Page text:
t-mobile-logoI saw the commercial this past weekend, but didn't get the message. It wasn't until I saw the writeup from Steve Taylor on NetworkWorld.com that it dawned on me.

You see, the woman cutting down the telephone pole, even with the voice over didn't give me the SO WHAT? of the drama in the ad.

tmobilecommercial The woman is cutting the landline to her house, but doing it in a provacative way. There is even a warning on TV – don't do this.  I guess it's the network lawyers making sure that any electrocuted citizens get no legal satisfaction from the network or the advertiser.

Even still, it wasn't until I read the newsletter about what T-Mobile's research results were of their market trials in Dallas and Seattle that I got excited about this service. I've written about the trial initiation a couple of times in the past, and specifically about UMA.

Result: 97% of consumers using the new national T-Mobile calling plan called will drop their landline service. T-Mobile customers can add T-Mobile @Home service to a qualifying T-Mobile wireless plan (spend $40 and up) and get unlimited nationwide long-distance calling, call waiting, caller ID, three-way conferencing, voicemail, call forwarding and other features like custom ringback tones. The @Home service also allows customers to port their existing home phone number.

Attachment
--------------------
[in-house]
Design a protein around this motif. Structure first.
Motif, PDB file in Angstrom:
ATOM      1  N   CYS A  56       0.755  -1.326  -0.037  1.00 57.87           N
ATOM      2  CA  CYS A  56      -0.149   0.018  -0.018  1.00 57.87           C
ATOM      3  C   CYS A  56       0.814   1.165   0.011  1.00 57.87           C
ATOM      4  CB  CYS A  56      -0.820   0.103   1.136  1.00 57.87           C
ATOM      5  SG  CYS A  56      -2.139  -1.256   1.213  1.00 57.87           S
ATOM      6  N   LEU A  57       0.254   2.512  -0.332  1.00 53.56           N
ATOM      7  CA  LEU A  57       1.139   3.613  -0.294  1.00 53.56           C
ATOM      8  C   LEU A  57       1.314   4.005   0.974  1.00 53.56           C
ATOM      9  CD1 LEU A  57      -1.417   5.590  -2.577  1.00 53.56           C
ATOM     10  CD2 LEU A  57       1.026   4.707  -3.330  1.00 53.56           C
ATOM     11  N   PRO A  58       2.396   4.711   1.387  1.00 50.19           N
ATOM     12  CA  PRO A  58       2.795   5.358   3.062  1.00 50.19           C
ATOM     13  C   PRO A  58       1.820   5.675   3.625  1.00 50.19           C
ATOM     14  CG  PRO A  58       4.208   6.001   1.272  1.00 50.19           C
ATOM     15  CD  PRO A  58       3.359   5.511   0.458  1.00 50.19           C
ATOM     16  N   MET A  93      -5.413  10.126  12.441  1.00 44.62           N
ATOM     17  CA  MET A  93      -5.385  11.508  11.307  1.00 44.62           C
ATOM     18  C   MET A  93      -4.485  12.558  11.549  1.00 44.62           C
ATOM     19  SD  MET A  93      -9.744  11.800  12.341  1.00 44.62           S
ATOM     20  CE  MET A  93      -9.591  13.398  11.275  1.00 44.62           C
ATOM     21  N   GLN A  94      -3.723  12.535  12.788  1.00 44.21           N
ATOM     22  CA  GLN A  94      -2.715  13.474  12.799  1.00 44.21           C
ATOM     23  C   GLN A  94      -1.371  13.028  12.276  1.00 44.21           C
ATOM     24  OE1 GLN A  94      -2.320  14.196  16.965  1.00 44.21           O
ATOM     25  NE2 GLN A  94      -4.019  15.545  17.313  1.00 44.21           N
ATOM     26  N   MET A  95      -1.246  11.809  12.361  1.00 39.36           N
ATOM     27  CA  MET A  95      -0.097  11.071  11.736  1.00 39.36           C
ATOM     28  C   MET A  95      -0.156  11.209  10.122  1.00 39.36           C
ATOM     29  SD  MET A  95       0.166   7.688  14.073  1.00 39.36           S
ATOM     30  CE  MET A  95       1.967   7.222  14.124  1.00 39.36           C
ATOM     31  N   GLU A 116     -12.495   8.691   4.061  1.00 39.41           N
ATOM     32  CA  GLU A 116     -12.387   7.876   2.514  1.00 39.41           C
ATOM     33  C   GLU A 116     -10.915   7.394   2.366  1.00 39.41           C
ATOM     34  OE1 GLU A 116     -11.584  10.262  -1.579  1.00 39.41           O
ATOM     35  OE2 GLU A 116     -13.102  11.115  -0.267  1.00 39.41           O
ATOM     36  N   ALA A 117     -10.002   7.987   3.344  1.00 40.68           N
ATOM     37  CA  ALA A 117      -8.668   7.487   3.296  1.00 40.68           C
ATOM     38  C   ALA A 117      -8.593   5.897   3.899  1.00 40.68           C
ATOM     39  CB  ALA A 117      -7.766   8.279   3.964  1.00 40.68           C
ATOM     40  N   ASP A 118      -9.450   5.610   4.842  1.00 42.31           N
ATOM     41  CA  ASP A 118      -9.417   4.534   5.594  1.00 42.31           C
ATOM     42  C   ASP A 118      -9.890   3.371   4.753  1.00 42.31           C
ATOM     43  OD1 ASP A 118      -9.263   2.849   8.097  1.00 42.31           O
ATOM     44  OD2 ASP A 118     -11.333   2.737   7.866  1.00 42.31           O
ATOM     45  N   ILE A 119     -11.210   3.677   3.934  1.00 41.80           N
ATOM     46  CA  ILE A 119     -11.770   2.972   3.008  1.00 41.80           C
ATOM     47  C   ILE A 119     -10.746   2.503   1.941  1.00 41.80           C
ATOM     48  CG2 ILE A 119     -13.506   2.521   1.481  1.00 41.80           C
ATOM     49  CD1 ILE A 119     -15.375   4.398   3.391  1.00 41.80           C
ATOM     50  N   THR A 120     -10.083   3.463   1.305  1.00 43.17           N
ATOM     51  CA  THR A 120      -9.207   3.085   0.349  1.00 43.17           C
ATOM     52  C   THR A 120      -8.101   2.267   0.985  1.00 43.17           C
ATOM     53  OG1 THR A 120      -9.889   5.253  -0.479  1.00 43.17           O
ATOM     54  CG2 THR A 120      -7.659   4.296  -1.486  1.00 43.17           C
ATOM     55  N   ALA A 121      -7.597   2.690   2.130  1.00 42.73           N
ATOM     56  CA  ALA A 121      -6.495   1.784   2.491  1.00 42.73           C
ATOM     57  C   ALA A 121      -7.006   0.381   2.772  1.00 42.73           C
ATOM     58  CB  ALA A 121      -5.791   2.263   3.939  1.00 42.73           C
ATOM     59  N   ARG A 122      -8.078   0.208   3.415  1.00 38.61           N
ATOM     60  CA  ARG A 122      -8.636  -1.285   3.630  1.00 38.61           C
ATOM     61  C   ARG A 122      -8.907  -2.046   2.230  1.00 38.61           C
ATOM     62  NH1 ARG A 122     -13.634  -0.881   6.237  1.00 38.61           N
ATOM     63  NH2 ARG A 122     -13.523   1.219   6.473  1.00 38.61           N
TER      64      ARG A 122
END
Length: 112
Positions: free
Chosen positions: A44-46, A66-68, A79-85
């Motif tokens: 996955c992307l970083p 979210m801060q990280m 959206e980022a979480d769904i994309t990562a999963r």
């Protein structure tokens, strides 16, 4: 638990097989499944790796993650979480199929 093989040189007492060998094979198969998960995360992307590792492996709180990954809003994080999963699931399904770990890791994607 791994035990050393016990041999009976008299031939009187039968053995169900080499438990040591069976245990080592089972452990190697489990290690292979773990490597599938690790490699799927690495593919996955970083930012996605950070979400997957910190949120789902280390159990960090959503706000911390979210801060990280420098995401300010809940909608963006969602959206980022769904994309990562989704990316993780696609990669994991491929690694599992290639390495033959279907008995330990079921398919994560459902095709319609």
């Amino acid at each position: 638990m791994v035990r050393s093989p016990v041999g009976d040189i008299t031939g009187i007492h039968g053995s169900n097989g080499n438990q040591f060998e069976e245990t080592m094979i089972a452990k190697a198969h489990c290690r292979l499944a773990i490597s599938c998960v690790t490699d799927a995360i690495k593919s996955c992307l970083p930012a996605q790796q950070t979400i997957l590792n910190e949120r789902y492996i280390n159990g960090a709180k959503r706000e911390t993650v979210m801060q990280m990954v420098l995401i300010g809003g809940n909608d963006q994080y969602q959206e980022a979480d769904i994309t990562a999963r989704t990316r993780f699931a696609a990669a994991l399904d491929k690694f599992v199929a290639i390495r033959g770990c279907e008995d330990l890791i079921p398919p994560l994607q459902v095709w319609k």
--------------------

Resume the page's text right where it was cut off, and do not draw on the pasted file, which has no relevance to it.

The gateway works with any analog phone and must include the WiFi router and a 2-year contract. All for only $10/month. 

This is a new benchmark in the commoditization of residential voice services.  

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